Panama Covid-19 update – in the big weekly news conference, more worrying news that the all-important Rt infection rate is up to 1.1. 561 new cases and 7 new fatalities are reported, with 5,819 active cases – 56 in ICU and 370 in other wards.
Any modest contributions for my time and ongoing expenses are welcomed! I have a page, where contributions start as low as $3, at https://www.buymeacoffee.com/KoIvM842y
25 MAY 2021
BELARUS FACES EU FLIGHT BAN FOR GROUNDING RYANAIR PLANE WITH DISSIDENT
On 25 May, the Wall Street Journal reported that EU leaders have agreed to impose a new round of sanctions against Belarus and ban its airlines from entering the bloc’s airspace and airports, after the country’s president forced a plane carrying a dissident journalist to land and then arrested him. It is also reported that EU leaders had agreed a raft of economic sanctions to be applied against those involved in the arrests. The new sanctions will cover individuals involved in the hijacking, businesses that finance the Belarus regime and the aviation sector.
US LEGAL CANNABIS SELLERS STASH CASH AS BANKS LEAVE THEM HIGH AND DRY
On 25 May, KYC 360 reported that the US cannabis business has a very particular cashflow problem — too much of it. Marijuana can be sold legally in 36 states and the District of Columbia for medical use and in 15 and in DC for recreational purposes. But it is still illegal on a federal level, meaning most banks won’t service the industry in case they fall afoul of money laundering laws. Legal U.S. cannabis sales grew 30% to $22 billion last year, more than the $17.5 billion Americans spent on wine.
NCA JOINS UK COURT BATTLE TO NAME COUPLE IN £14 MILLION ‘LAUNDROMAT’ CASE
On 24 May, the Evening Standard reported that the NCA had joined the newspaper’s lawcase seeking to name a London couple accused in a secret justice case of bringing £14 million of money from the “Azerbaijan laundromat” into London. The case involves forfeiture proceedings later this year at which the NCA will seek to take possession of around £6.5 million in ten bank accounts. The Evening Standard has been fighting for nearly 2 years to name the 2 people involved.
COURT CASE INVOLVES SOURCE OF WEALTH BEHIND TRUMP’S SCOTTISH GOLF COURSE
On 25 May, KYC 360 reported that the Scottish government is facing a new legal challenge over its February rejection of a motion to investigate former President Donald Trump’s all-cash purchases of 2 golf courses, reviving an effort to force Trump to disclose how he financed the deals. A global human rights group filed a petition in Scotland’s Court of Session seeking a judicial review of the government’s decision not to pursue an “unexplained wealth order” on Trump’s business.
HOW EASY IS IT TO ENFORCE ENGLISH JUDGMENTS IN THE EU POST-BREXIT?
On 24 May, an article from Field Fisher addressed this question and looks at the procedures in Italy, Germany and Spain, saying that each court judgment will, unless it falls within the Hague Convention, have to be considered by the receiving state on a case-by-case basis under domestic law, and must not conflict with any judgment of the Member State concerned. It warns that the situation is likely to result in uncertainty due to different legal systems in different Member States, and potential inconsistencies in outcome.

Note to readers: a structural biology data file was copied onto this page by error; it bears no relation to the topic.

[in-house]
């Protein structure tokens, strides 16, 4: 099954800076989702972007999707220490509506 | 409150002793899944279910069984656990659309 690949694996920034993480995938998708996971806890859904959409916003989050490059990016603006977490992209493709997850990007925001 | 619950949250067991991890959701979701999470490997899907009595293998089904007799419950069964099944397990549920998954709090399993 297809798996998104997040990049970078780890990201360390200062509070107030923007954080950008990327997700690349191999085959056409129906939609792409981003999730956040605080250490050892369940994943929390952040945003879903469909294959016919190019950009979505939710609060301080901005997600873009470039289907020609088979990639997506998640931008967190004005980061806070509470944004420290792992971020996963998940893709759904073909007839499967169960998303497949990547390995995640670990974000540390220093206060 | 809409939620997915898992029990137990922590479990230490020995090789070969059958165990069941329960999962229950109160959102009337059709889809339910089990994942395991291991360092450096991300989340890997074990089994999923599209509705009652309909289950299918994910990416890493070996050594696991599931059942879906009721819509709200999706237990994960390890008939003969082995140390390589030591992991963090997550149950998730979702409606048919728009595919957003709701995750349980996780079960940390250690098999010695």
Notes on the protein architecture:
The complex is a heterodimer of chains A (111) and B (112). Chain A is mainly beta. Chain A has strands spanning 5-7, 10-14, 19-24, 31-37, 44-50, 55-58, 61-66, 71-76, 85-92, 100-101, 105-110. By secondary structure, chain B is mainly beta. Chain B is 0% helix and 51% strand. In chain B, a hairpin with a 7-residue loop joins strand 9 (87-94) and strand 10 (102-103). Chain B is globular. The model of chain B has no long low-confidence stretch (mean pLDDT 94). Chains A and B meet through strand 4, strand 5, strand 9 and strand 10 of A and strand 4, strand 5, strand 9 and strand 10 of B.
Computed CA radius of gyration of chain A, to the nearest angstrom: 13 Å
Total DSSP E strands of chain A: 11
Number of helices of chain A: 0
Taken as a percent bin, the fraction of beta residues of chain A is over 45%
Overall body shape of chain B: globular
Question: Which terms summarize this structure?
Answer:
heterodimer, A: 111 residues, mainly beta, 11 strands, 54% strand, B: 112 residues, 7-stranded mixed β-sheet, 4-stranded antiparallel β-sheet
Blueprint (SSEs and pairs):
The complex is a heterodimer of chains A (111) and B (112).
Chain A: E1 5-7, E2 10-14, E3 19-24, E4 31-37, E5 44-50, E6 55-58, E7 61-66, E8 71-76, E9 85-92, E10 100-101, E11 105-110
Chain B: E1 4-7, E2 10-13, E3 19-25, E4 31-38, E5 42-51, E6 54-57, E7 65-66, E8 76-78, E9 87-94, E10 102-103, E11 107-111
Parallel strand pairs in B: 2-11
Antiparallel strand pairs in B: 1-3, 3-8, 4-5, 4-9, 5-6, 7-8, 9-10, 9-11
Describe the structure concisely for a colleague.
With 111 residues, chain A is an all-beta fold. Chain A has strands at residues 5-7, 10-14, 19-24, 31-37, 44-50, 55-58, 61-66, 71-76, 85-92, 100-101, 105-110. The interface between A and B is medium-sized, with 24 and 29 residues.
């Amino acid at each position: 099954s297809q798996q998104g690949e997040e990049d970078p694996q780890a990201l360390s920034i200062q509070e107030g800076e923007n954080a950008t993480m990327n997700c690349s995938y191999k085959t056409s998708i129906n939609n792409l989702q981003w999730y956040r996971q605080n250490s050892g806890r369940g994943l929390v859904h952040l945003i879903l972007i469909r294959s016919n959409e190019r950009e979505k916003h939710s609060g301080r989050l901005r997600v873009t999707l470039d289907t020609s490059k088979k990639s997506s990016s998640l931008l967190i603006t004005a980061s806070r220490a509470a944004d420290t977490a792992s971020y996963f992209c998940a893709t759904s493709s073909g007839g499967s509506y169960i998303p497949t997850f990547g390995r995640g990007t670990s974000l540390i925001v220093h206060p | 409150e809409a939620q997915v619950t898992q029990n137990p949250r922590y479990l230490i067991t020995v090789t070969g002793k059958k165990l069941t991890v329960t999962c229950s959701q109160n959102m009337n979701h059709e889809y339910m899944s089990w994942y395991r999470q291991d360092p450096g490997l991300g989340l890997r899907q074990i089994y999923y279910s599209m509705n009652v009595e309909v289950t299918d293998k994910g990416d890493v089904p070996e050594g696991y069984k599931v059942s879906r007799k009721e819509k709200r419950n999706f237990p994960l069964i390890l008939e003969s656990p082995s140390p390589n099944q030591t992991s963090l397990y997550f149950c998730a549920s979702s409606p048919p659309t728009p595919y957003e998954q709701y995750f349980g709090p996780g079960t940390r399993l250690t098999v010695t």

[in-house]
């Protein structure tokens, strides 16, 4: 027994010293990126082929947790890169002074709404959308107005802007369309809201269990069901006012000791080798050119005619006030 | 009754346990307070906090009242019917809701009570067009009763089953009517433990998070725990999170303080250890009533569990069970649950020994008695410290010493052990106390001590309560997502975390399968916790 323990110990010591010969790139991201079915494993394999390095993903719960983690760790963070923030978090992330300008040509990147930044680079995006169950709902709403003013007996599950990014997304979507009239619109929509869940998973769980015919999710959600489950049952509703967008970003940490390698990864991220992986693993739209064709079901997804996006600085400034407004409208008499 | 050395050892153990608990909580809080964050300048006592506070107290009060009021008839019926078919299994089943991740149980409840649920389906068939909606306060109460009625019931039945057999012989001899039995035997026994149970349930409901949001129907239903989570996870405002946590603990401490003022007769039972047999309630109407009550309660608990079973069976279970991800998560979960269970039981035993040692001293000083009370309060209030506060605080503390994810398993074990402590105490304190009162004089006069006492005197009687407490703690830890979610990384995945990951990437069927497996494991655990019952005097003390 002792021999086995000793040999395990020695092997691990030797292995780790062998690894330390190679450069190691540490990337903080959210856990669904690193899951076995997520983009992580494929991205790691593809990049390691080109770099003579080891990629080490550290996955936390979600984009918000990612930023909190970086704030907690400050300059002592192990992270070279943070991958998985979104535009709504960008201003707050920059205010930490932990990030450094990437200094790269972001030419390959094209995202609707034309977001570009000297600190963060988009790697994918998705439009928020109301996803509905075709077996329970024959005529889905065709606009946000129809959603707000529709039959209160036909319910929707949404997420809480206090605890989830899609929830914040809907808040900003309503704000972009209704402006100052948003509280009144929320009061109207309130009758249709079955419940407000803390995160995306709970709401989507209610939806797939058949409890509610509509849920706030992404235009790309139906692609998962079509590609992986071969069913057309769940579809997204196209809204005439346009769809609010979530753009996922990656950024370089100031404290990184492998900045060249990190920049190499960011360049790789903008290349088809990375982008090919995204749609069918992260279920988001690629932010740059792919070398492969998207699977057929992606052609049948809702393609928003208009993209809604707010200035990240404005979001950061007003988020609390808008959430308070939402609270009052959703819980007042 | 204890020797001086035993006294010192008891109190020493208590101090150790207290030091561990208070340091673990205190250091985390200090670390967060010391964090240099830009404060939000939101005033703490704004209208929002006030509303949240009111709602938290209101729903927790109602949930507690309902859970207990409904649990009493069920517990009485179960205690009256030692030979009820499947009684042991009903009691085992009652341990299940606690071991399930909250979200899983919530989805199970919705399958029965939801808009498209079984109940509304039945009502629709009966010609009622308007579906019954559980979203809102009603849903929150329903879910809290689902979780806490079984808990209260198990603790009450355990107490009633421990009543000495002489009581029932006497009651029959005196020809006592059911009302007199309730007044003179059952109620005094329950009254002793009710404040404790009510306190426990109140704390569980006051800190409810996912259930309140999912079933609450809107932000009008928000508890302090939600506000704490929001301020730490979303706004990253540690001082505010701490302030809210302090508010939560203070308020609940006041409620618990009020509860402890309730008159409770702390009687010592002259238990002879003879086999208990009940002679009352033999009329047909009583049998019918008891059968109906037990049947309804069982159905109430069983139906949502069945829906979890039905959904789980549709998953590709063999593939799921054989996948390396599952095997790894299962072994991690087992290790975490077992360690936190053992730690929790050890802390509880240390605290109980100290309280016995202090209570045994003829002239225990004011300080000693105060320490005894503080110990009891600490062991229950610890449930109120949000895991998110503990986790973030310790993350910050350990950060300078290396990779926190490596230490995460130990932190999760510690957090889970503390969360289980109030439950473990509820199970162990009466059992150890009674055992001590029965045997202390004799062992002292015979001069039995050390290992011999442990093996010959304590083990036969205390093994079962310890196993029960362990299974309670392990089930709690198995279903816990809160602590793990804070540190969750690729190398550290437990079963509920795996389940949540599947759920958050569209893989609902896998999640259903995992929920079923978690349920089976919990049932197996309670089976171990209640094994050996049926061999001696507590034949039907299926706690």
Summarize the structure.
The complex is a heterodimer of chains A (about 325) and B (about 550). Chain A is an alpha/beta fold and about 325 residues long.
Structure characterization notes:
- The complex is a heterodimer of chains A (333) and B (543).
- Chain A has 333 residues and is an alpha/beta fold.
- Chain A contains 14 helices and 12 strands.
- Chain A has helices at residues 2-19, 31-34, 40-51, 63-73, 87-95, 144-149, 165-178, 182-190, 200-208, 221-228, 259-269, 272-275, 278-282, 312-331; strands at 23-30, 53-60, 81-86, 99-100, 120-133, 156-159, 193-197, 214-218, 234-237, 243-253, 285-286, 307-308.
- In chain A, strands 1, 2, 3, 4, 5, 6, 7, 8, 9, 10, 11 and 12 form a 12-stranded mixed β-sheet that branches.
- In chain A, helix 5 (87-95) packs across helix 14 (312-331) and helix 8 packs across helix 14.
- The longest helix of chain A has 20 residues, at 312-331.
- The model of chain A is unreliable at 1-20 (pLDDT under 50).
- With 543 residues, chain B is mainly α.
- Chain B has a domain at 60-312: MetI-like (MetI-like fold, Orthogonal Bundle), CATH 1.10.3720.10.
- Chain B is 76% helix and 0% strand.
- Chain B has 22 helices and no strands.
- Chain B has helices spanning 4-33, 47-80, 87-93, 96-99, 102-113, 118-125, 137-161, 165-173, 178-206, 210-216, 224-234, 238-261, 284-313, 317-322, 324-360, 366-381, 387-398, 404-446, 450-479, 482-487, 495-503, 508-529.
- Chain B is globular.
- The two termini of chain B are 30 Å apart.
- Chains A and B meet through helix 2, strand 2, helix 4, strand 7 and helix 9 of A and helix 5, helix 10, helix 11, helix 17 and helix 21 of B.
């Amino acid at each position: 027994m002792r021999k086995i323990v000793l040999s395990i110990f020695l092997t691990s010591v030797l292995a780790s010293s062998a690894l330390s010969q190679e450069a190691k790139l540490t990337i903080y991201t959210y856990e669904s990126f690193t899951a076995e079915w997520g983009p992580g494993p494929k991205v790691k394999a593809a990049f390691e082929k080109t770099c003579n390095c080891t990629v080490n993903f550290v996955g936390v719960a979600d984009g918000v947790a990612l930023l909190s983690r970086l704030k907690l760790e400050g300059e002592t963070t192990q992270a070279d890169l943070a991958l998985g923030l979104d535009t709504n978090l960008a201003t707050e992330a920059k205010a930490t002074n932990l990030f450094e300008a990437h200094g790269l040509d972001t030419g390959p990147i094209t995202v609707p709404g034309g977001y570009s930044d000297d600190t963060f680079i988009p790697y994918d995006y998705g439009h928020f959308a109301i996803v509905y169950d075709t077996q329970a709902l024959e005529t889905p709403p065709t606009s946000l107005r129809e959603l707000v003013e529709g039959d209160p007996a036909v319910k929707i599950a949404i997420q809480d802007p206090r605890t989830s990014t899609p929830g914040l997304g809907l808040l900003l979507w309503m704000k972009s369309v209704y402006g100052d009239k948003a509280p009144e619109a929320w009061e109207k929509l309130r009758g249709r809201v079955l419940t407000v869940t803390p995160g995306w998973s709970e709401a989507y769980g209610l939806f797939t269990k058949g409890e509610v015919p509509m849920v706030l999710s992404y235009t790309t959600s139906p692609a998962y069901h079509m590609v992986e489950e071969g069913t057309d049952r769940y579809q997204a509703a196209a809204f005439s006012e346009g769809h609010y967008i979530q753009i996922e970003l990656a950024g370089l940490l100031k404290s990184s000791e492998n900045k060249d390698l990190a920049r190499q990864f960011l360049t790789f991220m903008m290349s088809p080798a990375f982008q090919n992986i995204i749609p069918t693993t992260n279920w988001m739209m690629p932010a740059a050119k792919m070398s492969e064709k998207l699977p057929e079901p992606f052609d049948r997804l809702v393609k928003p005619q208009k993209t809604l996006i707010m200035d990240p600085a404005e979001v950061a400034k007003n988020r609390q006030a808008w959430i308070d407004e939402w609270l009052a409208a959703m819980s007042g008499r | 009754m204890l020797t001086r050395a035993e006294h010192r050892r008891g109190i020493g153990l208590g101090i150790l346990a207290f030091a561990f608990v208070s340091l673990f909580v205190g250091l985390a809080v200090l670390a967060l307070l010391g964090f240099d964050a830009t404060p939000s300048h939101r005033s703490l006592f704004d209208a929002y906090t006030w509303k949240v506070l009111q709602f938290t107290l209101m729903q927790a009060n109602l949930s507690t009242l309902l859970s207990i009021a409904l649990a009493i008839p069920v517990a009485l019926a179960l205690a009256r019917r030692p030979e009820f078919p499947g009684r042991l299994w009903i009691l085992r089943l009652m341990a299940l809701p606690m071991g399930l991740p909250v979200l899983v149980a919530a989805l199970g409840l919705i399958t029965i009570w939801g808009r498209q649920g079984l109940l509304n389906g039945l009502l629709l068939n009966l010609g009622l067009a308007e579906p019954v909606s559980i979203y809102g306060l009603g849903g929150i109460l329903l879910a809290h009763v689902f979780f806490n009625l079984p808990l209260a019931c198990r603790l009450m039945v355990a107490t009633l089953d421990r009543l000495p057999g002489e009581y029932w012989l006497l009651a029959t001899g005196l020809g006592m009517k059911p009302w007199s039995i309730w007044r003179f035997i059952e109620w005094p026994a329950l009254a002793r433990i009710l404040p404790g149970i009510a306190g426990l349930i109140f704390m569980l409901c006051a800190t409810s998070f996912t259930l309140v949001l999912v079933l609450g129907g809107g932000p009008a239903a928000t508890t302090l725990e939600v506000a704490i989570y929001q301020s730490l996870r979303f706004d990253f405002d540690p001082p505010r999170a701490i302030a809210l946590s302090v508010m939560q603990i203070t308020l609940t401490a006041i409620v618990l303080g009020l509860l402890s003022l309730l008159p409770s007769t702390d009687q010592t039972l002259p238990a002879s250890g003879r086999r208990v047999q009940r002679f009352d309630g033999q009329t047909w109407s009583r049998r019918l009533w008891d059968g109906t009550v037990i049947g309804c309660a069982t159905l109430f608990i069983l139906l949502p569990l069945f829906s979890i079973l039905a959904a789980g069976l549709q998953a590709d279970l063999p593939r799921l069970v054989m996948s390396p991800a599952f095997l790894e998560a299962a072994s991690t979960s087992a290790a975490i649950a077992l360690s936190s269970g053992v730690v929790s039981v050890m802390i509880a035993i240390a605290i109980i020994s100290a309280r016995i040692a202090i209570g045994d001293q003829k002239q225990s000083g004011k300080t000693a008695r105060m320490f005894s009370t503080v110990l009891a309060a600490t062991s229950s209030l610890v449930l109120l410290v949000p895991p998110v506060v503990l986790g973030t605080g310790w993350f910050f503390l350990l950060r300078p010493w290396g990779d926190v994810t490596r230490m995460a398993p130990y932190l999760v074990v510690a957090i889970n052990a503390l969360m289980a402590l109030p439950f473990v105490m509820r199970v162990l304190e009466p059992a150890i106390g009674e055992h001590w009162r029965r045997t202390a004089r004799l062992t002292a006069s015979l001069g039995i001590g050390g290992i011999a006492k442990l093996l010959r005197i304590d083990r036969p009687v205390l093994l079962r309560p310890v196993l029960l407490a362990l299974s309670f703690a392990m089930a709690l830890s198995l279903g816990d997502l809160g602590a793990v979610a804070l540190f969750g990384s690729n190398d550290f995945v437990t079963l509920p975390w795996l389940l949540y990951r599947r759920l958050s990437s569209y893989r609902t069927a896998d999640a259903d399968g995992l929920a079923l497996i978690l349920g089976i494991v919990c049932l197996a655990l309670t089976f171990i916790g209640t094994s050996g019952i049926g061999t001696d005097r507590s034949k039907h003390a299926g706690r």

SWEDISH GAMBLING REGULATOR ORDERS 3 UNLICENSED OPERATORS TO CEASE ACTIVITY
On 24 May, iGB reported that the Spelinspektionen has found 3 operators guilty of operating without the appropriate licence and ordered them to leave the market.
PHILIPPINES: SENATE BILL EYES MORE DEFINED PHILLIPINE OFFSHORE GAMING OPERATORS (POGO) TAXATION GUIDELINES
On 25 May, a Government news release advised that proposed legislation in the Senate is seeking to plug holes in revenue laws to allow the government to better collect taxes from Philippine Offshore Gaming Operators (POGO).
TRENDS IN DRONE PROLIFERATION
On 25 May, an article in Defense News says that, in January 2001, a Predator launched an inert Hellfire missile at a dummy tank, marking the first successful missile test from a drone. Now it says over 100 militaries have some level of armed or unarmed drone capability, and a growing number have experience using these systems in combat. It says that the emergence of new drone manufacturers is driving a competitive and dynamic global market for military drones, particularly for medium and large unmanned aircraft. In addition to those from China, Israel, Turkey and the US, new offerings of large drones from companies in Russia, Italy and South Africa as well as many other local research and development projects could offer customers a growing number of options.
HIKVISION: WORLD’S LARGEST MAKER OF SURVEILLANCE EQUIPMENT SAID TO HAVE LONG-ESTABLISHED LINKS TO CHINA’S MILITARY
On 25 May, Mint reported a Wall Street Journal article saying that the links included conducting a study with Chinese weapons experts and supplying cameras and drones to the country’s air force. The findings are said to shed fresh light on Hangzhou Hikvision Digital Technology Co, which has disputed as baseless a decision by the US last year to place it on a blacklist of companies with alleged ties to China’s armed forces.
SPANISH POLICE BUST SMUGGLING RING RUN BY EX-ROYAL NAVY SAILOR
On 24 May, Maritime Executive reported that Spanish police have arrested 10 people and impounded several boats in connection with a drug-running scheme allegedly headed by an ex-Royal Navy sailor. The ring used several front companies that were set up for the commercial sale and rental of boats, which were used in clandestine smuggling operations. Additional enterprises were allegedly used for laundering the proceeds of the operation.
EUROPE’S ONGOING LINKS TO CONFLICTS